At the Henry Madden Library, you will find QR codes scattered throughout the building. These codes provide information on various features and displays in both the north and south wings of the Library.
The same content from the tour is included below and showcases some of the most interesting points about the building and the people who have made the Library what is today.
If you would like to take the QR Code Tour while you're visiting the Library in person, here is what you'll need to do:
Here's an example of what the QR Code Tour signs look like:
Keep an eye out for them at various points of interest around the Library.
Here in the foyer, the basket motif surrounds the walls and covers the ceiling in accents of wood tones common to the region. The granite stone entryway is an artistic replication of the stair-step basket pattern constructed of Academy Black and Sierra White granite from quarries in Clovis and Raymond. The design, inspired by a Choinumni basket from the Table Mountain Rancheria museum collection, was carefully constructed and laid stone by stone to ensure the accuracy of the pattern.
The Native American Garden features plants, trees, and grasses indigenous to the Valley with soil brought in specifically for this vegetation, surrounded by walls with locally quarried granite. The names of the plants and tools used in traditional basket weaving are etched in the walls in three languages—Western Mono, Yokuts, and English.
Originally dedicated in 1990, renovated in 2008, and rededicated on Earth Day in 2009, the Peace Garden is a part of the new library project with enhanced walkways, pathways to the monuments, new seating, and new plantings. Through combined efforts of students, faculty, staff, and administration at Fresno State along with members of the Native American community, the Peace Garden is a beautiful area of serenity. It includes several statues of luminaries such as Cesar Chavez, Mahatma Gandhi, Martin Luther King Jr., and Jane Addams along with the Native Plant Garden and the Dean Richard D. Ford Memorial Grove. This area offers a place for individuals and groups to rest and contemplate the issues that confront humanity.
The emblematic architectural feature of the Henry Madden Library building is the elliptical glass and steel tower rising from the ground floor through the fourth floor. Inside, this iconic element on the second floor is a 3,200-square-foot gallery named in 2009 in honor of Leon S. Peters, a highly respected local business leader and philanthropist. The gallery is used for exhibitions, receptions, lectures, musical performances, and other campus related programs.
The main feature of the space is a 20-foot tall curved glass wall embellished with distinctive cross-hatching, which creates a dramatic design suggesting the Indian basketry motifs used throughout the building. You may notice the carpet here is different from the flame stitch pattern carpet tiles of the more heavily trafficked areas. The mosaic pattern of this silk-like broadloom carpet was specially designed for our building. Note that throughout the Library the walls, flooring and furnishing use earth tones common to the Valley’s palette.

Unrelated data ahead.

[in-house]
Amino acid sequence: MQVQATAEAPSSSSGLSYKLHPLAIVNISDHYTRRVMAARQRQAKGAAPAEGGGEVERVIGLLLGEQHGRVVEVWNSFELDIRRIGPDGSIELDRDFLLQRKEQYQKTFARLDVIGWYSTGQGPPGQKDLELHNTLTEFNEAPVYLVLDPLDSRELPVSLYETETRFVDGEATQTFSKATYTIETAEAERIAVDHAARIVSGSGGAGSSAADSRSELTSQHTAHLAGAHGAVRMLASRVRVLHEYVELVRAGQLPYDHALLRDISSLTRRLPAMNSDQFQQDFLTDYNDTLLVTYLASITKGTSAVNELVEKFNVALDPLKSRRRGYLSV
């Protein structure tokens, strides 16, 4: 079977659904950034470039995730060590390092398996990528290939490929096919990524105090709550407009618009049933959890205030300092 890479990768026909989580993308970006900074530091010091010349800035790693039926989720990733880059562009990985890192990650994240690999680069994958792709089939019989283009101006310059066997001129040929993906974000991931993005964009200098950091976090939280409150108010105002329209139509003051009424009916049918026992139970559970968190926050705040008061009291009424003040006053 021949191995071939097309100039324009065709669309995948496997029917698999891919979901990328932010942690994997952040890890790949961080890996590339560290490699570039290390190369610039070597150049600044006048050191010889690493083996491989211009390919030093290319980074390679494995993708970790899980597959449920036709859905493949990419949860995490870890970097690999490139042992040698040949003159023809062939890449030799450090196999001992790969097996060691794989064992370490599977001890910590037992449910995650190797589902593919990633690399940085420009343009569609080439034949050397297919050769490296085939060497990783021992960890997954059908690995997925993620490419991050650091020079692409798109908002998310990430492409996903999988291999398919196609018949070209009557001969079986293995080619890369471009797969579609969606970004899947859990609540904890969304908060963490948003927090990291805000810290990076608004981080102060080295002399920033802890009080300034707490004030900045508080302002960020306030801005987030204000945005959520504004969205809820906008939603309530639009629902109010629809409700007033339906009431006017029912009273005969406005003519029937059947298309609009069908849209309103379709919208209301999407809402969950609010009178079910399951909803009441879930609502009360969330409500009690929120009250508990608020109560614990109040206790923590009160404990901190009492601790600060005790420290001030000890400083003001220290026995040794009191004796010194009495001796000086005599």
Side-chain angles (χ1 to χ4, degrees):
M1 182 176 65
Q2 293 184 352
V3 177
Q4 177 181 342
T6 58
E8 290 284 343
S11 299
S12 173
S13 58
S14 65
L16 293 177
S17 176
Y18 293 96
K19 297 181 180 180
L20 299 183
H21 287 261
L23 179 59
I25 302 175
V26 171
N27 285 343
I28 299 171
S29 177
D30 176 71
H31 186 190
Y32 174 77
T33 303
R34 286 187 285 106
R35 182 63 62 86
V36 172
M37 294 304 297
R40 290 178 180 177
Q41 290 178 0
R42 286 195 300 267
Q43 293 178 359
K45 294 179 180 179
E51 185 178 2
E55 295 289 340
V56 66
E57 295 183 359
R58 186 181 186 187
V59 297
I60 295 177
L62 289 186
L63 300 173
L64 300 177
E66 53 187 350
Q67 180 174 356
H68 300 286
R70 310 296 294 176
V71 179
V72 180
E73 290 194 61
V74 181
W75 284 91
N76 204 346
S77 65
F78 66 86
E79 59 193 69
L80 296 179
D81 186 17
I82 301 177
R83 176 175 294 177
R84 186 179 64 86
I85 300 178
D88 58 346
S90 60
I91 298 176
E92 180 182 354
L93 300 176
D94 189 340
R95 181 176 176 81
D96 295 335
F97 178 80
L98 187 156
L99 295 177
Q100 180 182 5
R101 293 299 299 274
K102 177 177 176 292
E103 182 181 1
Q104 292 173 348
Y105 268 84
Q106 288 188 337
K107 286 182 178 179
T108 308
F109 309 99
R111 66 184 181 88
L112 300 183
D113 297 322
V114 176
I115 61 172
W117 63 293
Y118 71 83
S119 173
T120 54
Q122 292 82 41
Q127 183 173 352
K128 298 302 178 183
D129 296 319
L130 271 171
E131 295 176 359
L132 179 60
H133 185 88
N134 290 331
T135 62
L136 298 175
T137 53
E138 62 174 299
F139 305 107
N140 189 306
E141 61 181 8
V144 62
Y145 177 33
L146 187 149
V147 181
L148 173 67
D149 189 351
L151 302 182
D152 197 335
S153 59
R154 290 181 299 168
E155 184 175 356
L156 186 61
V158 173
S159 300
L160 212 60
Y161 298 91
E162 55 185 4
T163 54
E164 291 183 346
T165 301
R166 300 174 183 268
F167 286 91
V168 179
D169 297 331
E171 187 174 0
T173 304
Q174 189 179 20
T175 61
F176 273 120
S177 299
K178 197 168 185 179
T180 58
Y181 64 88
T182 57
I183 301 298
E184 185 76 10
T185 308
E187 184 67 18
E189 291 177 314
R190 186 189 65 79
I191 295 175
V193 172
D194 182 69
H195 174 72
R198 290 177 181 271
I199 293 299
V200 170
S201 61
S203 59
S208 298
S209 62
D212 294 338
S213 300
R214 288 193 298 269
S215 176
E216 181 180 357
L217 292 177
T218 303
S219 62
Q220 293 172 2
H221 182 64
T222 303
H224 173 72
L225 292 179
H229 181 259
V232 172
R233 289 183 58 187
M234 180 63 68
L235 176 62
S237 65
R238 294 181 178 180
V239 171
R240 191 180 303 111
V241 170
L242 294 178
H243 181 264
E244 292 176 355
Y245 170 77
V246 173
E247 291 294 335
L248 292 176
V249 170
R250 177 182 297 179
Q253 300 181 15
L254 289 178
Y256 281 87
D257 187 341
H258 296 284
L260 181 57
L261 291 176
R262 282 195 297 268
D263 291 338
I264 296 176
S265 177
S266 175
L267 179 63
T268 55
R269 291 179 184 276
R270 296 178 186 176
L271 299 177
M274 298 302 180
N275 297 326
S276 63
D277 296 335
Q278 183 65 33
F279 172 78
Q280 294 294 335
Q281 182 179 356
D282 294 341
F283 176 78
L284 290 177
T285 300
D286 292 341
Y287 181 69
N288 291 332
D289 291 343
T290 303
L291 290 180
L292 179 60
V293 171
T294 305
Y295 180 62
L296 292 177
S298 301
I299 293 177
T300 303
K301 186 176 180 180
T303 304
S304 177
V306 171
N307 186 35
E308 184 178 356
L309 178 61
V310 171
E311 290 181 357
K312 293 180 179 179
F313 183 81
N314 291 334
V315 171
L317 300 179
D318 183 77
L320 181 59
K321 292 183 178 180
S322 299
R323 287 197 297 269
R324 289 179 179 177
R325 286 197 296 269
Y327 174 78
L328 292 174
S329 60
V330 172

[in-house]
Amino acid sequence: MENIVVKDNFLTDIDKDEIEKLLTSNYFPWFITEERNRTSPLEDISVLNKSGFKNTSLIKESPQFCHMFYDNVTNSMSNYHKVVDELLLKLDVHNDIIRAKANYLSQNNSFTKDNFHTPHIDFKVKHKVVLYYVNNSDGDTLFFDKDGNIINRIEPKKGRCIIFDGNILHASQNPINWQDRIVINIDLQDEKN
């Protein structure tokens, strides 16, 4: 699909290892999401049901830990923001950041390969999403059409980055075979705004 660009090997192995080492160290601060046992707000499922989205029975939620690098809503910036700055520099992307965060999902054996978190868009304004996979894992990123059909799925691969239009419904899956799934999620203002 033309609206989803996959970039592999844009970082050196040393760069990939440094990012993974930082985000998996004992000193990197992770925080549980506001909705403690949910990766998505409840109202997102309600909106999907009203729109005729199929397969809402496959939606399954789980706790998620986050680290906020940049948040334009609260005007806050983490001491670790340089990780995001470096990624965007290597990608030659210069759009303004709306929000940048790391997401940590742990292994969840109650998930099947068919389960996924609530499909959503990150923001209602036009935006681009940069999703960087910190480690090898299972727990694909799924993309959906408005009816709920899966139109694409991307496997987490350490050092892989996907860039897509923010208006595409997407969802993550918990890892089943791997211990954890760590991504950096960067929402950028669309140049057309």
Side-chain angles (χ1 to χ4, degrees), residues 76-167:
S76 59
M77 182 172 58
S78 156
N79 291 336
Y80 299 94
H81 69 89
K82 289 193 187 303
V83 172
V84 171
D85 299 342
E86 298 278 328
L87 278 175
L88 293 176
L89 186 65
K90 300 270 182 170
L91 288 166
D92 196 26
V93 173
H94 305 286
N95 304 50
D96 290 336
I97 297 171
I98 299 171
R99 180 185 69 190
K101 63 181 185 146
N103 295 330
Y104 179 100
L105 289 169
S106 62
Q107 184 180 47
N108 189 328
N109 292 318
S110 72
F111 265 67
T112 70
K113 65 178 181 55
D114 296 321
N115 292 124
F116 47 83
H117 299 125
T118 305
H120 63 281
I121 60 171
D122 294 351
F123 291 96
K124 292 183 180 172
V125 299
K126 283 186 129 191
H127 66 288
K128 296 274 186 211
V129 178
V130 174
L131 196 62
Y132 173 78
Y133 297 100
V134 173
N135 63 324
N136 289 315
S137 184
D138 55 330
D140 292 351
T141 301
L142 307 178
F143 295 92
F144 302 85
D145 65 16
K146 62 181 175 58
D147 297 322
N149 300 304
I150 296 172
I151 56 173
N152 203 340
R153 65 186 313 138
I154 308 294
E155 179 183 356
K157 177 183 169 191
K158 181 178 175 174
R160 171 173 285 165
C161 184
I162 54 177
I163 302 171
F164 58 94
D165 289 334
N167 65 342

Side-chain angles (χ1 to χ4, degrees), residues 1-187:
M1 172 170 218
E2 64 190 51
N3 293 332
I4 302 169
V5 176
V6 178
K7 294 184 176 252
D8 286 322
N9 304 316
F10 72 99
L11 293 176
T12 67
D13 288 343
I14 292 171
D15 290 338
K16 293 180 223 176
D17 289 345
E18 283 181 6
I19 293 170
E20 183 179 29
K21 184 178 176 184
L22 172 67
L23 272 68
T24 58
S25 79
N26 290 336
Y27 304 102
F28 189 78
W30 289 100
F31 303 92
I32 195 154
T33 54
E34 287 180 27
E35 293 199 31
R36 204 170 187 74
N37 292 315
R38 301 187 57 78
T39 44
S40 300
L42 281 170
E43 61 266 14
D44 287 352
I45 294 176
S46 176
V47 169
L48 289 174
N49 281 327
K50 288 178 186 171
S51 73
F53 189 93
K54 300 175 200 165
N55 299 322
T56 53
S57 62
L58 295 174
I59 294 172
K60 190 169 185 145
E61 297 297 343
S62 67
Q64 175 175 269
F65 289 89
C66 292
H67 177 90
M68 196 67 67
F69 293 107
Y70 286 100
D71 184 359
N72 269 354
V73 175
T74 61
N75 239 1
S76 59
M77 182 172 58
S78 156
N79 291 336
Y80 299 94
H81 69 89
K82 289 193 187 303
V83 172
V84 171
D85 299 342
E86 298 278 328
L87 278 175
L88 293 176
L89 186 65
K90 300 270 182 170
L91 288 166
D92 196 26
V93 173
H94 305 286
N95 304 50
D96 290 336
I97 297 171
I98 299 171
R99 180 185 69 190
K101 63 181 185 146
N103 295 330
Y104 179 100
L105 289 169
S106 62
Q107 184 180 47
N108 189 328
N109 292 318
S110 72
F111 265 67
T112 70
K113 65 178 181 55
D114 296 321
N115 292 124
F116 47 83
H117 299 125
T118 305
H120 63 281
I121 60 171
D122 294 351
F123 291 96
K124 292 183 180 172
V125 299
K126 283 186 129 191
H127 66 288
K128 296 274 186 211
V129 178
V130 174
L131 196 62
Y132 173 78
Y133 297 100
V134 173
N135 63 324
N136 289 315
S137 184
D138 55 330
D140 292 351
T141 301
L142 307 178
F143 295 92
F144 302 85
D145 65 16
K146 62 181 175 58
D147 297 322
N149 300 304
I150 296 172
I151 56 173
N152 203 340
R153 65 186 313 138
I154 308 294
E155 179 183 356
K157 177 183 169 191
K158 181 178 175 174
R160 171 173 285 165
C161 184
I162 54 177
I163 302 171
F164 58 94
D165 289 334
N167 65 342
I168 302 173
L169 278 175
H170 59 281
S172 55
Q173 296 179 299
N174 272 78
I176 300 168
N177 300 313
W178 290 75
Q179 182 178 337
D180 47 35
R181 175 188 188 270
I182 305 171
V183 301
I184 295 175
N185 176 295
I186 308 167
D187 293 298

The 1876 Centennial Steinway grand piano was created for the Centennial of the U.S. This model is the earliest modern concert grand Steinway ever built (only 424 were built, from 1875 to 1883). This is also the same model displayed at the 1876 Philadelphia Centennial Exhibition, where it was commended for the "greatest concert capacity" and the highest degree of excellence in purity of tone, carrying capacity, mechanical precision, and frame construction.
This grand piano was left in the auditorium of the Old Administration Building at the former Fresno State College campus (now Fresno City College) in the 1950s until the 1960s and was considered junk (covered with layers of white house paint) until Earl Whitfield, director of the newly constructed Student Union, decided to have the grand piano refurbished and put in the Union for students to play.
From 1976 to 2002, the piano was exhibited as part of the Smithsonian's Bicentennial exhibition in Washington, D.C., and viewed by millions of people. Returned by the Smithsonian to the Music Department in 2002, the piano sat in storage (unplayed and “unplayable”) for years. It was donated to the Library by the College of Arts and Humanities in 2008.
In 2009 and 2010, the piano was completely restored by Steinway & Sons in New York with a new sound board, thanks to the generosity of an anonymous donor and through the joint efforts of the Library and the College of Arts and Humanities. The piano is used for concerts in the Leon S. Peters Ellipse and can be enjoyed by everyone.
In September 2009, Fresno State alumni Charles and Janice Bell of Arizona presented to the Madden Library five early 20th century Yokuts baskets from the Tulare region. Their gift complements the architectural design of the library building, which employs many local Native American basketry motifs. The large cooking basket features a traditional step pattern design. An abstract version of this pattern was used in the design of the granite floor of the foyer.
This is a place for quiet contemplation, reading, and study. The special glass walls were created through a patented process called Panelite, designed to filter the light and create a lens effect when looking through the glass with the honeycomb core. The benches are in black cherry wood and were custom made by Maine cabinetmaker Thomas Mosher. The glass murals tell the story of the people and history of the Table Mountain Rancheria. Emily Sample (the woman in the mural next to the car) was born where the campus now resides.
This video of Lois Connor, master basket weaver, shows her weaving a basket using traditional methods through the course of an entire year. Except in the summer months, the video runs continuously and can be seen on the inside of the Library near the north glass wall or outside on the 32-by-15 foot Mediamesh digital curtain facing the Peace Garden.